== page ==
|Pop Culture Gadabout|
Saturday, February 12, 2005 |
( 2/12/2005 02:38:00 PM ) Bill S.
"YOU'VE GOT MUD ON YER FACE, YOU BIG DISGRACE!" – This week, after three years of futilely attempting to get the Bloomington Parks And Rec people to develop an official dog park in one of the myriad park spaces, we happily read that sister city Normal one-upped its neighbor by opening one this week in Maxwell Park. (There has long been an unofficial dog park in Bloomington, known as Bark Park, which I wrote about here, but owners let their dogs run free there on threat of a fifty dollar fine.) This morning, we took Ziggy Stardust and Cedar to the New Official Dog Park to see if it met with their approval.
The dog arena is a large fenced-in area on the edge of Maxwell Park's Frisbee golf course: it's divided into two sections, one for small dogs and the other for large 'uns. The larger of the two pens is about the size of a dancehall ballroom; the small dog area is about a fourth the size. By the double-gate entrance of both areas are fountains designed for both dog and human, but because it's winter, they're not turned on. Scattered throughout the large dog area are some young trees, though their shade value come spring will probably be minimal. There are no benches for the owners.
When we arrive, the park is already occupied by dogs and their owners: about seven large dogs, most lab mixes, are racing around and stealing a large rubber football from each other. One of the goals of dog parks is to offer the animals a place to socialize, teach 'em to behave around other animals. Of our doggy duo, Dusty is the most ready to play with other pups; Cedar can, for inexplicable reasons, get her hackles up when the wrong dog comes a-sniffin'. It doesn't usually lead to anything, but as the owners, it's our responsibility to keep an eye on her.
This first day at the park has relatively mild winter temps, but because we had snow earlier in the week, the ground is pretty wet from the melted snowfall. Additionally, right in the middle of the area is a large puddle of mud and water that every dog very quickly discovers. They happily race through it, splashing everything within a two-yard radius; stop to lap the water or occasional tussle in the mud. First time ol' Dusty reaches the mud puddle, he plops! right down into it. He's not the only pup to do this, of course, but since most of the others are shorthaired – and he has a sheepdog mop – the results are more extreme: as he lollops into the back seat, dripping gobs of mud onto the protective blanket, I can't help thinking of the big group fight in McLintock. It takes fifteen minutes to clean him off with a handheld shower and some Itchcraft medicated shampoo.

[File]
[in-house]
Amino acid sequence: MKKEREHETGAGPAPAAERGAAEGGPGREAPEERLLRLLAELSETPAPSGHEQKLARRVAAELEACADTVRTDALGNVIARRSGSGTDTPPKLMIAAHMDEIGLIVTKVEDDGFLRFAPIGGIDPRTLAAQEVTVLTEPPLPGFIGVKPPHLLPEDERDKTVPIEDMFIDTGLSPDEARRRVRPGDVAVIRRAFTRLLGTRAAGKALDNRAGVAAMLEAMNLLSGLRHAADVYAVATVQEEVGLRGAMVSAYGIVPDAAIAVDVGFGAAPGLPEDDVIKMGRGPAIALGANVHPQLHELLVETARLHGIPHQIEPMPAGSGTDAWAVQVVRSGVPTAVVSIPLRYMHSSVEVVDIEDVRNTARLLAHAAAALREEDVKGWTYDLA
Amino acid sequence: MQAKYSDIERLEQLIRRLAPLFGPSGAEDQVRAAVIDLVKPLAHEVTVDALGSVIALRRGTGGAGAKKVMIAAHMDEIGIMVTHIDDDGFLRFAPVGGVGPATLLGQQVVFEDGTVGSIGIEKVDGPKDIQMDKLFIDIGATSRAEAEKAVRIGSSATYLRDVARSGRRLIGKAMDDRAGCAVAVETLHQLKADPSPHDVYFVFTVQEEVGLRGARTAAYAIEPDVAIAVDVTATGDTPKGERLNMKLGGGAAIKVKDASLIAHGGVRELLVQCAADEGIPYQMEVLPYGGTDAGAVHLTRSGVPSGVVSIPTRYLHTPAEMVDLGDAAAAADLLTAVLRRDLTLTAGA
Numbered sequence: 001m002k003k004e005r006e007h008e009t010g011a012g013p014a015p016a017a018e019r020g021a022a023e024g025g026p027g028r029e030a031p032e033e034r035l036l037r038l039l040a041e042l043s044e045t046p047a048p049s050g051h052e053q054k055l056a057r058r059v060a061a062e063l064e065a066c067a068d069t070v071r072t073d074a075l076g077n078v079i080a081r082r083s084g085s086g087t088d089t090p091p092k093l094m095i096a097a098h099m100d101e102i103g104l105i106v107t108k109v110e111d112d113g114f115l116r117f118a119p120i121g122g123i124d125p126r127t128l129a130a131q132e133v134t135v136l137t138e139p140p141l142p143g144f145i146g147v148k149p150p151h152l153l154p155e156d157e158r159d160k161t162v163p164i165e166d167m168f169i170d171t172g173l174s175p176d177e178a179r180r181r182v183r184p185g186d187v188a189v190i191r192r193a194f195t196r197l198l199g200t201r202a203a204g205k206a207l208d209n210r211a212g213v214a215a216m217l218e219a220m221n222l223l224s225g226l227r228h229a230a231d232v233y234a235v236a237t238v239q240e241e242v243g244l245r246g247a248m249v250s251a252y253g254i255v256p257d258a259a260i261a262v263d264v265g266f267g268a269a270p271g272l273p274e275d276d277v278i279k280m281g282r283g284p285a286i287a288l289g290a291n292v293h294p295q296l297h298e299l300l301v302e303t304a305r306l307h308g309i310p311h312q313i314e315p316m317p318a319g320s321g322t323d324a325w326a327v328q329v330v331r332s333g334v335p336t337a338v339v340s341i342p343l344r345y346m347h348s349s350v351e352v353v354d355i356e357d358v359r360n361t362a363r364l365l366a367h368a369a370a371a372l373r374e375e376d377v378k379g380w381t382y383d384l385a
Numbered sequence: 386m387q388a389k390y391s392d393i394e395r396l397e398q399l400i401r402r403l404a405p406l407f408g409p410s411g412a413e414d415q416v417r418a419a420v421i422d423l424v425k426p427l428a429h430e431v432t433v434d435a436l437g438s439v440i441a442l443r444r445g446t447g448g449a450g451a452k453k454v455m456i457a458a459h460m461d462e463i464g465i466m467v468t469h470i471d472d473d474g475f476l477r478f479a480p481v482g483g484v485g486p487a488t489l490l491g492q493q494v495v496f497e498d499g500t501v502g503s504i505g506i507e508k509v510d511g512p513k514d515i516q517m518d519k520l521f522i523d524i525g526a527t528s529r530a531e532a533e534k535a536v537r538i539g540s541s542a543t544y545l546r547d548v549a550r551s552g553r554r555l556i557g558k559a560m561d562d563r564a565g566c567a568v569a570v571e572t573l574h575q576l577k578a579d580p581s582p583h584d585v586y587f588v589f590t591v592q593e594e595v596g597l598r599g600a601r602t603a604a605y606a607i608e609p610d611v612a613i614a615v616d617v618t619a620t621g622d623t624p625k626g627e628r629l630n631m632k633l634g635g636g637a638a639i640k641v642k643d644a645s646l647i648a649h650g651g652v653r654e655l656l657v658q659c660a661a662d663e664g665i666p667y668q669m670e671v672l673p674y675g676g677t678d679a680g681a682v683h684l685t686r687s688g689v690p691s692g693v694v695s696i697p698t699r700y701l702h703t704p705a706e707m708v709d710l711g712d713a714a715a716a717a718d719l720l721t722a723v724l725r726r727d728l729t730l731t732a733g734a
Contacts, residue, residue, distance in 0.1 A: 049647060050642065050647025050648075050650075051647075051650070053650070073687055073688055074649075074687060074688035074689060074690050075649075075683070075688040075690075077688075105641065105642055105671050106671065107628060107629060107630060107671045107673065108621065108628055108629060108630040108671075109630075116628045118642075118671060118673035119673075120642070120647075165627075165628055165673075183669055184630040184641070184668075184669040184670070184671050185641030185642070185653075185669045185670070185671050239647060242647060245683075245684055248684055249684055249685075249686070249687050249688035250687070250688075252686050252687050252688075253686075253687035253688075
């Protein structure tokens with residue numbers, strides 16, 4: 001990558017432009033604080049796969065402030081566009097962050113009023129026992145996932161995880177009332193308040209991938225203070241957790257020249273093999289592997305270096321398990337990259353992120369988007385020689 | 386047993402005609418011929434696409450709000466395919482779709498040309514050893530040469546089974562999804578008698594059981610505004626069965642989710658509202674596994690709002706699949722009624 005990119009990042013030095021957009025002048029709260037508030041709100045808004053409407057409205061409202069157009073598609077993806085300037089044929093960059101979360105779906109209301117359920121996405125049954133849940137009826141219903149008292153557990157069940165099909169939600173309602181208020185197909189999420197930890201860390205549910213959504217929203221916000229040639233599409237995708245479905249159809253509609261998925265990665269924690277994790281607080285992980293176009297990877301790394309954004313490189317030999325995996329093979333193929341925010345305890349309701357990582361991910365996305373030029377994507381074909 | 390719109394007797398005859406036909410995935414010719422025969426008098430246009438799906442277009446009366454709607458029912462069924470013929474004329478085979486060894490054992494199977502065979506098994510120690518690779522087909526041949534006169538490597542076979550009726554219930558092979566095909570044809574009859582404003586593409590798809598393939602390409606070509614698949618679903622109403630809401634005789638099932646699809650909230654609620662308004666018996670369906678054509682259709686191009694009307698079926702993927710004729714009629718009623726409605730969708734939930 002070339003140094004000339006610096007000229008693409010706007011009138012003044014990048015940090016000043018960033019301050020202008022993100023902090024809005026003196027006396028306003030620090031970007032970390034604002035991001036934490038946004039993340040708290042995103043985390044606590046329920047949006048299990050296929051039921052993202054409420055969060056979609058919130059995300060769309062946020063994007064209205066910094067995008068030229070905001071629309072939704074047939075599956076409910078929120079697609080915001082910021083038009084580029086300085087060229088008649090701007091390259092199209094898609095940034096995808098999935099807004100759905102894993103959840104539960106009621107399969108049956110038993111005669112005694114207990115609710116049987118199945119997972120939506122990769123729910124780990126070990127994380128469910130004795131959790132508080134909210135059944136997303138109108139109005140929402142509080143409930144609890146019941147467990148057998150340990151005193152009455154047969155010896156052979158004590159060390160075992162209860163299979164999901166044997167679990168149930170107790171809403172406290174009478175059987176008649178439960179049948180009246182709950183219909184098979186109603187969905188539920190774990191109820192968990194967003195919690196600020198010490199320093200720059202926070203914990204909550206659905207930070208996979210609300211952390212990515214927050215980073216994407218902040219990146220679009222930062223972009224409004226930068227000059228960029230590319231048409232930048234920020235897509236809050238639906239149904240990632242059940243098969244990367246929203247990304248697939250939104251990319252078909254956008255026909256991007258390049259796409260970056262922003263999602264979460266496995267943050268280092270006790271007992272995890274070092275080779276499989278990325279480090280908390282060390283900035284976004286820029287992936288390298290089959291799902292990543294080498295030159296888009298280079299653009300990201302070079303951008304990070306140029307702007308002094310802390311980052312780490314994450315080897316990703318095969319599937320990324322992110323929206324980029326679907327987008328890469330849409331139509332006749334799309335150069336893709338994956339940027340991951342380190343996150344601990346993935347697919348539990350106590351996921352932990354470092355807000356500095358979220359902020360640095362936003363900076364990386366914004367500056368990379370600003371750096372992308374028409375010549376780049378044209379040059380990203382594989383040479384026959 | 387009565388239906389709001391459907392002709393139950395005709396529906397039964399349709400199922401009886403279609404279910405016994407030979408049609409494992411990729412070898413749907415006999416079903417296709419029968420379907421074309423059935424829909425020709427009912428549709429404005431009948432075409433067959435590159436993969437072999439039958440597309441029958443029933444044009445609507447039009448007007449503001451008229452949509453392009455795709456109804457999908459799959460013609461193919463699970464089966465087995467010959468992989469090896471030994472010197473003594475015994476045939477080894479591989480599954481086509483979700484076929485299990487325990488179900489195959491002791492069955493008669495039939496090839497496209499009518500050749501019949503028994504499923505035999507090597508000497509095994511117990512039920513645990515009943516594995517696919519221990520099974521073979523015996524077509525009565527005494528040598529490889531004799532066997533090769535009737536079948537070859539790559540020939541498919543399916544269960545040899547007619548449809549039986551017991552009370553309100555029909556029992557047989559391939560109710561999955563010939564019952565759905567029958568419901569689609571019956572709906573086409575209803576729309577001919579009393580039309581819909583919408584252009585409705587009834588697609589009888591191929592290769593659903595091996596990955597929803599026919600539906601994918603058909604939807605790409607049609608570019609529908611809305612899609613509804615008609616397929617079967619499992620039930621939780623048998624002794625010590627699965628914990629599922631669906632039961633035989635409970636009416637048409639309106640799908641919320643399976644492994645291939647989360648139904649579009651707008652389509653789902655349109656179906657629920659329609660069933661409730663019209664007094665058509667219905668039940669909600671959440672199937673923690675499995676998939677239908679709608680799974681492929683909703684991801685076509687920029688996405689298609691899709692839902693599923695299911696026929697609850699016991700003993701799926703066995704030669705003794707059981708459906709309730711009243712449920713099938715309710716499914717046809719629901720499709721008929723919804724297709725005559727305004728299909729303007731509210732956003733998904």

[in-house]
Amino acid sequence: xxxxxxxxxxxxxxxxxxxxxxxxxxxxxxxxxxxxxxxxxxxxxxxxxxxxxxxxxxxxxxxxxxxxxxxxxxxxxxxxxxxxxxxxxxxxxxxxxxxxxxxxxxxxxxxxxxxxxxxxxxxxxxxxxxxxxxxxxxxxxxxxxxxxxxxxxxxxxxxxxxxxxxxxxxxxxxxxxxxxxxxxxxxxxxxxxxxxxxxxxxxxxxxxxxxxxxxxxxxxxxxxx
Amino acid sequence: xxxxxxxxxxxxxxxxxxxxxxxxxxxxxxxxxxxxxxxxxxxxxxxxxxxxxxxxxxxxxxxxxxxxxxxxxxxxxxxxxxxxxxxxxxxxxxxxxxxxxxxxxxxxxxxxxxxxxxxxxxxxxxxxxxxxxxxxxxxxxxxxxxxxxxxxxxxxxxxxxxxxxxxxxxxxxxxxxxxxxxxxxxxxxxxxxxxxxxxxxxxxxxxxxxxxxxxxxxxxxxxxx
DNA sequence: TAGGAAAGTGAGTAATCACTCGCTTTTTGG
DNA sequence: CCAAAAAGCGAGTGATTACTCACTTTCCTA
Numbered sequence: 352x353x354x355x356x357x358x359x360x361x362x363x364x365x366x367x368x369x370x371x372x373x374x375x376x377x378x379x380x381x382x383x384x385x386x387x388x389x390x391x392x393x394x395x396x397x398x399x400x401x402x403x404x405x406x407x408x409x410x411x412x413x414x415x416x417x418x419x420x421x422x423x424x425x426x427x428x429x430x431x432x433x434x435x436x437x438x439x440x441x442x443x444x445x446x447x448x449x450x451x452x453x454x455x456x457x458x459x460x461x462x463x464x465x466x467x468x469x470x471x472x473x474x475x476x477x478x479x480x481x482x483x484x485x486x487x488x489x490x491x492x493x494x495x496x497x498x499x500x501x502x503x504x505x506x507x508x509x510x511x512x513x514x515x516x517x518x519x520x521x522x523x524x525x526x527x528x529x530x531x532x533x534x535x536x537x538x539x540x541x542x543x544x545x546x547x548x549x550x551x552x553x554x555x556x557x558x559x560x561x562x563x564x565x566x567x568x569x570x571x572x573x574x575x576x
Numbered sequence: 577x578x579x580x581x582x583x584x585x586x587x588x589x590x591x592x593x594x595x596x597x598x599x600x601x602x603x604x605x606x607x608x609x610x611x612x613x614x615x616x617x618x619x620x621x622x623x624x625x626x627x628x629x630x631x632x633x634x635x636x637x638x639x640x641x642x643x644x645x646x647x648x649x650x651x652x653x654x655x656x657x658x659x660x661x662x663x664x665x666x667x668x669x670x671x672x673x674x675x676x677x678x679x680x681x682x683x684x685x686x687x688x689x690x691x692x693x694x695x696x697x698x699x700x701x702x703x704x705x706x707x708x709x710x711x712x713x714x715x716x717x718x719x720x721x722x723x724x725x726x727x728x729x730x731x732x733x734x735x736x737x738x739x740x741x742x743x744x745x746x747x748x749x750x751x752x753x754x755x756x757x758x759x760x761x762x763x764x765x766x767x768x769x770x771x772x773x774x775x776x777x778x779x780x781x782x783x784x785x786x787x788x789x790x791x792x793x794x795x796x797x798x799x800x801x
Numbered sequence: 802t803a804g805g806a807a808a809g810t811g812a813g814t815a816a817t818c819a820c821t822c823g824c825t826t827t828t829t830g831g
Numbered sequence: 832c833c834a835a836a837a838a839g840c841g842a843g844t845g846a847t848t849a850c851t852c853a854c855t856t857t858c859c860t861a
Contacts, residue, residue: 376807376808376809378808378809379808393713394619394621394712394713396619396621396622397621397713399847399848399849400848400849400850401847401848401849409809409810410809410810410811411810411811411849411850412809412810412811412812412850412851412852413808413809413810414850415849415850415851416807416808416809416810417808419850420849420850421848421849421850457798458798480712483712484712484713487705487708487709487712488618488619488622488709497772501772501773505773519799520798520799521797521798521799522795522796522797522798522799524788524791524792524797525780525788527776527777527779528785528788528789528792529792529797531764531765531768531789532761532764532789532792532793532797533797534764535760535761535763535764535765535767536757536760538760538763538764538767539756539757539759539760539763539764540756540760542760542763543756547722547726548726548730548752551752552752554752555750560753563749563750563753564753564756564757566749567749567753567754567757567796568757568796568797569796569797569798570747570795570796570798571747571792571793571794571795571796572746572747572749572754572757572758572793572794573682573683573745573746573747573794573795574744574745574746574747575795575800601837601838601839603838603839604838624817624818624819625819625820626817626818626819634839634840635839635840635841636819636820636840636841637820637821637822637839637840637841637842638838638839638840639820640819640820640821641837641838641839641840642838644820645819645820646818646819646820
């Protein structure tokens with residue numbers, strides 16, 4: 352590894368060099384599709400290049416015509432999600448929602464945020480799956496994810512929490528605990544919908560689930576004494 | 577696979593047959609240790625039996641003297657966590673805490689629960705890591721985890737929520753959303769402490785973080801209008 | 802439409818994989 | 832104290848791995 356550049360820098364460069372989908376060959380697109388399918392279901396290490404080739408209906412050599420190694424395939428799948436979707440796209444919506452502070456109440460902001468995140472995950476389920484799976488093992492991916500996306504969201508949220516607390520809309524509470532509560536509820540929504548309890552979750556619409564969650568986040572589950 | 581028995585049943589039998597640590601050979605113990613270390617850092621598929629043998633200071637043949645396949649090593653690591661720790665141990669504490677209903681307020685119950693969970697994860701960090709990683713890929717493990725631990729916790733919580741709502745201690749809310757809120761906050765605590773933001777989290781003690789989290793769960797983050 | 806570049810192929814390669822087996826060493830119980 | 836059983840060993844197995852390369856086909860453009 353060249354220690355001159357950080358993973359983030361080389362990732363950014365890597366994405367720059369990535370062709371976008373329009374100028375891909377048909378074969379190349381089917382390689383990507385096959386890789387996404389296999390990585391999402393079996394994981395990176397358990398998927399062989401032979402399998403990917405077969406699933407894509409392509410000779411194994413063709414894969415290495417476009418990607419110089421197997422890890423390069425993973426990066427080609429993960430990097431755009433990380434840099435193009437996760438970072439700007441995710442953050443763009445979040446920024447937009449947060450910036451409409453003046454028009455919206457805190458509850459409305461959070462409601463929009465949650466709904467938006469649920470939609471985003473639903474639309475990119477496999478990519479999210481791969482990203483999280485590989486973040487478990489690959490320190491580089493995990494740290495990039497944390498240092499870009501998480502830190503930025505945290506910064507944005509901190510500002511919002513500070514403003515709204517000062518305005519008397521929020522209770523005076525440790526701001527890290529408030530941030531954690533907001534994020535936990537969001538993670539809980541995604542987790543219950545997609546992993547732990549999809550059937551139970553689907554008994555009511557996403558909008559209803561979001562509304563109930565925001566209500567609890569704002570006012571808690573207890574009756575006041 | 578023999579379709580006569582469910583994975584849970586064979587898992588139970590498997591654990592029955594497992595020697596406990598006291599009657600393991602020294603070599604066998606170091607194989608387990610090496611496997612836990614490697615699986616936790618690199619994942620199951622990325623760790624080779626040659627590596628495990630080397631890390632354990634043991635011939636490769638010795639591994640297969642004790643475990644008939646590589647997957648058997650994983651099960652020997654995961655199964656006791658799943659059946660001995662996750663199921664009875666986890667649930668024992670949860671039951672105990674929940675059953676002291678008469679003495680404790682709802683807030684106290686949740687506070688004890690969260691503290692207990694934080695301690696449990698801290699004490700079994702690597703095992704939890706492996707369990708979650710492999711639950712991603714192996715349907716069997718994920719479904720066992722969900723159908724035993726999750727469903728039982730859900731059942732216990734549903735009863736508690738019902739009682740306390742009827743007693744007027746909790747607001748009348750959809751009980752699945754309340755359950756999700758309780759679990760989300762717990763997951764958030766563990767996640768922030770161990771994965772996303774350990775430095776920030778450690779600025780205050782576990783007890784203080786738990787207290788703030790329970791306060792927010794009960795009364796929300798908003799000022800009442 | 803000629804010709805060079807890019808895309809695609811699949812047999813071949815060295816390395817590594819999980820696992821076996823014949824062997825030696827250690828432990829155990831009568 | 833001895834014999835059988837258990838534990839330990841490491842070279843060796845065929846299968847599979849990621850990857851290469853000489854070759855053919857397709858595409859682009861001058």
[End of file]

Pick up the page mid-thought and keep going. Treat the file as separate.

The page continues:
From their general exhaustion on the ride back home, it's obvious that the new dog park receives the Dusty & Cedar Seal of Approval. To us humans, the penned-in area lacks the character of more open parkland, but if this is the best we can do in the city, it's worth it for the opportunity it gives to let the dogs run with their temporary pack. We'll be returning to the dog park, I know, but I also know we'll be waiting for a dryer day to do so. . .
(Photo taken from the original Bark Park back in 2001.)